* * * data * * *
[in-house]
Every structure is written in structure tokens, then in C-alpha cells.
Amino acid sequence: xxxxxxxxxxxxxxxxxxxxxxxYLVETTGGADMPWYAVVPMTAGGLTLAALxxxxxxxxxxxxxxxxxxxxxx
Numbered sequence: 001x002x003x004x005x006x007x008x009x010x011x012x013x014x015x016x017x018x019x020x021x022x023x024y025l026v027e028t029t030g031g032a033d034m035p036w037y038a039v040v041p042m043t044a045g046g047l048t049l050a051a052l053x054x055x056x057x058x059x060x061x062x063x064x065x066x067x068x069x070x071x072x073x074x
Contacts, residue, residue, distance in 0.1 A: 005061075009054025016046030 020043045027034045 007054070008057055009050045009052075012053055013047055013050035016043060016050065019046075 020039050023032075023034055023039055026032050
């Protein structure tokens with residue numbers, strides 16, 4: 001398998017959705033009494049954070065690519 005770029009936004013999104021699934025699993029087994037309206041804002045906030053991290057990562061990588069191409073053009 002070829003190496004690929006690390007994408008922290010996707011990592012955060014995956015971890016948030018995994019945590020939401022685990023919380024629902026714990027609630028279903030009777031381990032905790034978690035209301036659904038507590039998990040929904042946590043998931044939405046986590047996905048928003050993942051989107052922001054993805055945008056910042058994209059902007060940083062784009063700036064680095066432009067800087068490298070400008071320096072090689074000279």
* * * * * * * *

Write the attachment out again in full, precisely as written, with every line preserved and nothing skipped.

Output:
[in-house]
Every structure is written in structure tokens, then in C-alpha cells.
Amino acid sequence: xxxxxxxxxxxxxxxxxxxxxxxYLVETTGGADMPWYAVVPMTAGGLTLAALxxxxxxxxxxxxxxxxxxxxxx
Numbered sequence: 001x002x003x004x005x006x007x008x009x010x011x012x013x014x015x016x017x018x019x020x021x022x023x024y025l026v027e028t029t030g031g032a033d034m035p036w037y038a039v040v041p042m043t044a045g046g047l048t049l050a051a052l053x054x055x056x057x058x059x060x061x062x063x064x065x066x067x068x069x070x071x072x073x074x
Contacts, residue, residue, distance in 0.1 A: 005061075009054025016046030 020043045027034045 007054070008057055009050045009052075012053055013047055013050035016043060016050065019046075 020039050023032075023034055023039055026032050
């Protein structure tokens with residue numbers, strides 16, 4: 001398998017959705033009494049954070065690519 005770029009936004013999104021699934025699993029087994037309206041804002045906030053991290057990562061990588069191409073053009 002070829003190496004690929006690390007994408008922290010996707011990592012955060014995956015971890016948030018995994019945590020939401022685990023919380024629902026714990027609630028279903030009777031381990032905790034978690035209301036659904038507590039998990040929904042946590043998931044939405046986590047996905048928003050993942051989107052922001054993805055945008056910042058994209059902007060940083062784009063700036064680095066432009067800087068490298070400008071320096072090689074000279």